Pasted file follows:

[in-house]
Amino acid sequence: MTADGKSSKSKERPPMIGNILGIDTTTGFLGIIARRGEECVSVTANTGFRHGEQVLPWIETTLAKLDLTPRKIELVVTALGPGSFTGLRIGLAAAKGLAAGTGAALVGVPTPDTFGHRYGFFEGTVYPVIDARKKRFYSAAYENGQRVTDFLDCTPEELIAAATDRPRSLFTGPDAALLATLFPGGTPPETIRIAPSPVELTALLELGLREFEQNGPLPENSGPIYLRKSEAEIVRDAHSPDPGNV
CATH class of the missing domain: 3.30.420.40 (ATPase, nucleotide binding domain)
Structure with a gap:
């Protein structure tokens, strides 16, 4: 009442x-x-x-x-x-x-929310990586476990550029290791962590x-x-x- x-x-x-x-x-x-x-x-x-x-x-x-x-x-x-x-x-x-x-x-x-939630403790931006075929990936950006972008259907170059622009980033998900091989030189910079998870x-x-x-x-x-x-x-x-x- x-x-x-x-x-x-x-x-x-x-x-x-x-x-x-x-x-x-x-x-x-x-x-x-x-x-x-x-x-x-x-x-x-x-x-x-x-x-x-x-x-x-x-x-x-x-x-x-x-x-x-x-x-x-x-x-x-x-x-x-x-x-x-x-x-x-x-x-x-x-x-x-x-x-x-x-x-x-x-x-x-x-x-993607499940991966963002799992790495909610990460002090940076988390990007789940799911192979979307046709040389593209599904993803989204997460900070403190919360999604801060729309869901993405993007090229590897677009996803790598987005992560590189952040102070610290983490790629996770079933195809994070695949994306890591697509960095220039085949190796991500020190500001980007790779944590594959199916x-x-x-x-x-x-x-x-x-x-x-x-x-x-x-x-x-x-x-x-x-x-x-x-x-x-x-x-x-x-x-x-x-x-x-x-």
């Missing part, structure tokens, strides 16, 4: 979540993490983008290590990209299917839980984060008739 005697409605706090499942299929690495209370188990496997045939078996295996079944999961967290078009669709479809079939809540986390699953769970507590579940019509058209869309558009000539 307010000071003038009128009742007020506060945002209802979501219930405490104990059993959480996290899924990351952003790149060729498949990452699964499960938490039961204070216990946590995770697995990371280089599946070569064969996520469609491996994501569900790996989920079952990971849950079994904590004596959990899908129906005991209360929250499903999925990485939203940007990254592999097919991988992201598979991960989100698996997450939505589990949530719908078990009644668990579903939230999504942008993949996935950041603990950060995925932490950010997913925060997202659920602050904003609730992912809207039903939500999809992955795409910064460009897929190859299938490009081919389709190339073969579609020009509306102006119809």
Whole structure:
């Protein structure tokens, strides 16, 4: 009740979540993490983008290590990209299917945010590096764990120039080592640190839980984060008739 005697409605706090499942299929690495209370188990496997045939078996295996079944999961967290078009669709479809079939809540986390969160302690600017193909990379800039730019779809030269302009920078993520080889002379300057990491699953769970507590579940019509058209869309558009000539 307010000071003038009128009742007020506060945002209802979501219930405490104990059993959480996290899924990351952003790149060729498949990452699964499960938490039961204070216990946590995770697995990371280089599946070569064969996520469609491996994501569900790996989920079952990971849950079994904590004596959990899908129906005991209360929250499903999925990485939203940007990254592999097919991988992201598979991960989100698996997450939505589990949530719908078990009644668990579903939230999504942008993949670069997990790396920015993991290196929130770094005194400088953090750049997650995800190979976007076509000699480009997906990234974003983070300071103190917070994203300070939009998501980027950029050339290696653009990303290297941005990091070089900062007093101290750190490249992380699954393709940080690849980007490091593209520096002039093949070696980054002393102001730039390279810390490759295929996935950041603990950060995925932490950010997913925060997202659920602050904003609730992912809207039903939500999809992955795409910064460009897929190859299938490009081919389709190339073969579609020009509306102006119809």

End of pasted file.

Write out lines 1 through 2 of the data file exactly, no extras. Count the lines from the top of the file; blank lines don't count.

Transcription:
[in-house]
Amino acid sequence: MTADGKSSKSKERPPMIGNILGIDTTTGFLGIIARRGEECVSVTANTGFRHGEQVLPWIETTLAKLDLTPRKIELVVTALGPGSFTGLRIGLAAAKGLAAGTGAALVGVPTPDTFGHRYGFFEGTVYPVIDARKKRFYSAAYENGQRVTDFLDCTPEELIAAATDRPRSLFTGPDAALLATLFPGGTPPETIRIAPSPVELTALLELGLREFEQNGPLPENSGPIYLRKSEAEIVRDAHSPDPGNV